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Between a River and a Mountain

The AFL-CIO and the Vietnam War

Edmund F. Wehrle

Publication Year: 2005

Between a River and a Mountain details American labor's surprisingly complex relationship to the American war in Vietnam. Breaking from the simplistic story of "hard hat patriotism," Wehrle uses newly released archival material to demonstrate the AFL-CIO's continuing dedication to social, political, and economic reform in Vietnam. The complex, sometimes turbulent, relationship between American union leaders and their counterparts in the Vietnamese Confederation of Labor (known as the CVT) led to dangerous political compromises: the AFL-CIO eventually accepted much-needed support for their Vietnamese activities from the CIA, while the CVT's need to sustain their relationship with the Americans lured them into entanglements with a succession of corrupt Saigon governments. Although the story's endpoint--the painfully divided and weakened labor movement of the 1970s--may be familiar, Wehrle offers an entirely new understanding of the historical forces leading up to that decline, unraveling his story with considerable sophistication and narrative skill. "Stunning in its research and sophisticated in its analysis, Between a River and a Mountain is one of the best studies we have of labor and the Vietnam War." --Robert K. Brigham, Shirley Ecker Boskey Professor of History and International Relations, Vassar College "Skillfully blending diplomatic and labor history, Wehrle's book is a valuable contribution to the ever-widening literature on the Vietnam War." --George Herring, University of Kentucky "Wehrle has written a compelling and original study of the AFL-CIO, the South Vietnamese labor movement and the Vietnam War." --Judith Stein, Professor of History, City College and Graduate School of the City University of New York "With this important book, Edmund Wehrle gives us the first full-fledged scholarly examination of organized labor's relationship to the Vietnam War. Based on deep research in U.S. and foreign archives, and presented in clear and graceful prose, Between a River and a Mountain adds a great deal to our understanding of how the AFL-CIO approached the war and in turn was fundamentally altered by its staunch support for Americanization. Nor is it merely an American story that Wehrle tells, for he also presents fascinating information on the Vietnamese Confederation of Labor and its sometimes-strained relations with U.S. labor." --Fredrik Logevall, Cornell University Edmund F. Wehrle is Assistant Professor of History, Eastern Illinois University.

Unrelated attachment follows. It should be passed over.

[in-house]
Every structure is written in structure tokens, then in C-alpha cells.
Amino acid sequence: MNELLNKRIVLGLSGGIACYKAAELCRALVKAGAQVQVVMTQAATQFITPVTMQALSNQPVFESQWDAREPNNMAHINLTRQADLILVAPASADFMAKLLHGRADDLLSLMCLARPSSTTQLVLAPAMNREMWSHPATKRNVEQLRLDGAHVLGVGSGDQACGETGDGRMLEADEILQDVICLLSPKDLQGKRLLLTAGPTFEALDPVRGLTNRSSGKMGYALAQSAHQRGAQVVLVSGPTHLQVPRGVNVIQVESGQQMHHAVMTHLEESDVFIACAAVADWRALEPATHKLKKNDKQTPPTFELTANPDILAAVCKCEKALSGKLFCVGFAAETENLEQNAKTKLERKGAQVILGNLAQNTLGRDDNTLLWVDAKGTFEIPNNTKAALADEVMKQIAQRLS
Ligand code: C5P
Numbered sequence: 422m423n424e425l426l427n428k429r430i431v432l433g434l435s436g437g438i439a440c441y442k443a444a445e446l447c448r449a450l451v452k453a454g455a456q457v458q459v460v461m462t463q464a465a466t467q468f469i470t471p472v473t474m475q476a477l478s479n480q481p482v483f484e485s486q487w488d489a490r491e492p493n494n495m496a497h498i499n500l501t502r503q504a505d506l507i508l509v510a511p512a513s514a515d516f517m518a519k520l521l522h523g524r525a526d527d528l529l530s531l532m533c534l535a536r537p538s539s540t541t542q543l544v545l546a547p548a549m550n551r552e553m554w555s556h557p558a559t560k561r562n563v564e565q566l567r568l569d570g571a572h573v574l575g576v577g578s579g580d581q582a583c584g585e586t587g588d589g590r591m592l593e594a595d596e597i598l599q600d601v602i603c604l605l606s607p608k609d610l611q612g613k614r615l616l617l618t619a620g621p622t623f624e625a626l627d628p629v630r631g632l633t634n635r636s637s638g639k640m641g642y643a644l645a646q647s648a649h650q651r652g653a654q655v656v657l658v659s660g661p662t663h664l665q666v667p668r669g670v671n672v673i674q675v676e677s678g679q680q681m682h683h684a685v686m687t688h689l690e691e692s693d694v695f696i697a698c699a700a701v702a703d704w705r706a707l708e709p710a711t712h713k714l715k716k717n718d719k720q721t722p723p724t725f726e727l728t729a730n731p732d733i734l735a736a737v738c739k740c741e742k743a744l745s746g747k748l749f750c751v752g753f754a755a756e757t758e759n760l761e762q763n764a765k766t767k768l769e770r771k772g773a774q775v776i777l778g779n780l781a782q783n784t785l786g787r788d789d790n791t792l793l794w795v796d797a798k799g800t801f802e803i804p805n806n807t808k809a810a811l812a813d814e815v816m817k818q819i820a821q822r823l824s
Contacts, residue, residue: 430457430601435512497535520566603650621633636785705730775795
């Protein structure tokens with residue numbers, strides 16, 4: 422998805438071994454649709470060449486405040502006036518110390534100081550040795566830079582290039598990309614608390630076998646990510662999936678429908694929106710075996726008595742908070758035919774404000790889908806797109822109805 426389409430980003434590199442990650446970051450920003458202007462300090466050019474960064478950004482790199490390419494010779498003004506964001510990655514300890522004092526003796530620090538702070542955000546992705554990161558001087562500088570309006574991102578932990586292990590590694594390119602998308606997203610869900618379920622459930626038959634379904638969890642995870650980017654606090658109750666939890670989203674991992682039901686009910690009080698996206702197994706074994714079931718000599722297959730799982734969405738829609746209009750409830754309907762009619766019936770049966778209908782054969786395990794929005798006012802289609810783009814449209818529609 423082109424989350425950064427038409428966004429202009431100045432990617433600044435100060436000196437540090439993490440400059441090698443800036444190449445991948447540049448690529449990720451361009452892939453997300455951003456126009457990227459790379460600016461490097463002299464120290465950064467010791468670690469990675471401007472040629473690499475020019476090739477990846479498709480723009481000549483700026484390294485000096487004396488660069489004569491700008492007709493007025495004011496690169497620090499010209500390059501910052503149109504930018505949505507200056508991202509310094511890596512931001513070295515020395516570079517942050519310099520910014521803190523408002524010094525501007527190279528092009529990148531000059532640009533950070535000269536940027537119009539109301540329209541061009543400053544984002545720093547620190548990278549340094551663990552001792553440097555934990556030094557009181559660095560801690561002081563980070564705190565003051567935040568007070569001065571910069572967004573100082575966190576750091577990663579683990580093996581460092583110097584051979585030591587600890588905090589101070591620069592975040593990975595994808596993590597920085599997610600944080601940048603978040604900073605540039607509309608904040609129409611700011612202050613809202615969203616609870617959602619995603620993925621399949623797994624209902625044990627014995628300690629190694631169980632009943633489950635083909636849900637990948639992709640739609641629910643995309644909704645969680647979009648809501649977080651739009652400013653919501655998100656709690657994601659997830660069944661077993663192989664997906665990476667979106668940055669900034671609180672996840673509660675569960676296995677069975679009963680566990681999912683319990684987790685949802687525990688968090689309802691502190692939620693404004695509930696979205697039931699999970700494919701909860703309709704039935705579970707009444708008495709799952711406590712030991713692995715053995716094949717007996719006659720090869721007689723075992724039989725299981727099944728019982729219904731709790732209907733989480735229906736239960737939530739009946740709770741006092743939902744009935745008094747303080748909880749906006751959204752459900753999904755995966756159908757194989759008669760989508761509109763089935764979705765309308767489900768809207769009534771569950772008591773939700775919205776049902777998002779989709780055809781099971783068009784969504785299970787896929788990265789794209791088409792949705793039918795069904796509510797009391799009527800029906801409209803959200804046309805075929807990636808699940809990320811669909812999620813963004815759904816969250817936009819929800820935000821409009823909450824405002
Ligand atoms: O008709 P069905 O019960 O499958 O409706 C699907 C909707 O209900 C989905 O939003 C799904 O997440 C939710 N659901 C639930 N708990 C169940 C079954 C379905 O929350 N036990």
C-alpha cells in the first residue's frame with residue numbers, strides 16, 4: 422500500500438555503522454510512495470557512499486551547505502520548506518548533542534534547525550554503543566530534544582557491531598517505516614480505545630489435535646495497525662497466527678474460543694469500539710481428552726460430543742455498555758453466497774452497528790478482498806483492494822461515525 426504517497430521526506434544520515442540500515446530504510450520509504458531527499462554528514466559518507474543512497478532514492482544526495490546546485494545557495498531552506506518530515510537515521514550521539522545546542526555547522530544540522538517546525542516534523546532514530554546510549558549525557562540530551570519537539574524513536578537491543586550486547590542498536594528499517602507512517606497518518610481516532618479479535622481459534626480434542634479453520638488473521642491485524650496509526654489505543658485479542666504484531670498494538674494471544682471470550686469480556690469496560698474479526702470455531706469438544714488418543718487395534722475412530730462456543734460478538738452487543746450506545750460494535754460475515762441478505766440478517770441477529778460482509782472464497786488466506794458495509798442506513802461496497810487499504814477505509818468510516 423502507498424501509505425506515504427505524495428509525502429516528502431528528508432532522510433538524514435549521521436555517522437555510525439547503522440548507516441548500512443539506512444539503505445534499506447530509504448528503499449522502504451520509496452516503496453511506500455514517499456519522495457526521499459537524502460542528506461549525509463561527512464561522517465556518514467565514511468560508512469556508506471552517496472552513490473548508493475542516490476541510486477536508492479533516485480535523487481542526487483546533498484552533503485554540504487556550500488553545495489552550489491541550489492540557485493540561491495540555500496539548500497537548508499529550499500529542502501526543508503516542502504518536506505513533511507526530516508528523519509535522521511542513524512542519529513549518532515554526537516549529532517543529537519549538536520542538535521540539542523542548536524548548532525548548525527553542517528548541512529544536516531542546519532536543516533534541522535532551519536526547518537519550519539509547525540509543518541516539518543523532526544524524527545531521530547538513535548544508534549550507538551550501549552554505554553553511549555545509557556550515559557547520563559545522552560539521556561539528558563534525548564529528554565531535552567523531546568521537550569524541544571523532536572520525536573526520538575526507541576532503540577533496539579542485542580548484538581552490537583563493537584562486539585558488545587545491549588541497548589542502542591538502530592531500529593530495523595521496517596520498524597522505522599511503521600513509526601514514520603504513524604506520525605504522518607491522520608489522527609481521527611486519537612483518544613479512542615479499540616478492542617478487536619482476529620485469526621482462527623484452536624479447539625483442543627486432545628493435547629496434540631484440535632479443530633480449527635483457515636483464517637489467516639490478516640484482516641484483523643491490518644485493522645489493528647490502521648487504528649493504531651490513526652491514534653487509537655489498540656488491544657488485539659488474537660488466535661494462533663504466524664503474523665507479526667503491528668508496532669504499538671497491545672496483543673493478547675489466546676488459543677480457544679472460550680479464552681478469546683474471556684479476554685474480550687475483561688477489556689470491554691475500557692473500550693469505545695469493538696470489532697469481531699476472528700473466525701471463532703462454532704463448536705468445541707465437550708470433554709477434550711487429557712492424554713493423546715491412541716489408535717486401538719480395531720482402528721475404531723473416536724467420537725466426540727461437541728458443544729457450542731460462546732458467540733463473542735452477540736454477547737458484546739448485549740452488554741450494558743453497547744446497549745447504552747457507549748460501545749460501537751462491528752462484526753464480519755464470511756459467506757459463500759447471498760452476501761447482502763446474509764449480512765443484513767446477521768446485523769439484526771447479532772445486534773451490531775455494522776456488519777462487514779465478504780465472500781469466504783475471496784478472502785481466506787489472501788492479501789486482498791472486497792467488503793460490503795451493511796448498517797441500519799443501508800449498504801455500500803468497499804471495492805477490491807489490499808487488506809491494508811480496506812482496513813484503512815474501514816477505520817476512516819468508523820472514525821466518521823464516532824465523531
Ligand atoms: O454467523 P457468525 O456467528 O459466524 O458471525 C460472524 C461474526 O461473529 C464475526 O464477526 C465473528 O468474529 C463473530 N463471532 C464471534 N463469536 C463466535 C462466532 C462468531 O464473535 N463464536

Published by: University of Michigan Press

Contents

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pp. v-

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Acknowledgments

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pp. vii-viii

I have incurred a great many debts in the preparation and writing of this book. The faculty and staff at the University of Maryland at College Park provided significant encouragement and support as I began my initial investigations. Stuart Kaufman, the sage editor of the Samuel Gompers Papers, provided invaluable early guidance. That this project survived his sudden death is a testament to his powers to inspire. I am indebted to a number of ...

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Introduction

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pp. 1-8

Two dramatic incidents of violent working-class protest stand at either end of this study. The first occurred in April 1950, at the port of the French city of Nice. A mob—organized by communist trade unionists—gathered to protest the French war in Indochina. As the rabble grew unruly, it forcibly boarded a ship loaded with war supplies destined for Southeast Asia. Rampaging through the vessel, the mob destroyed everything in its wake, eventually ...

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1. Free Trade Unionism

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pp. 18-28

Why did a labor movement devoted to domestic, economic concerns become so intensely consumed by affairs overseas—so much so that its involvement in the Vietnam War wrought wounds still painful even today? Historians have approached this question from a variety of vantage points, alternatively constructing explanations around the obsessive anticommunism of organized labor’s leadership, the prestige and status foreign affairs ...

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2. “No More Pressing Task Than Organizing in Southeast Asia”

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pp. 29-50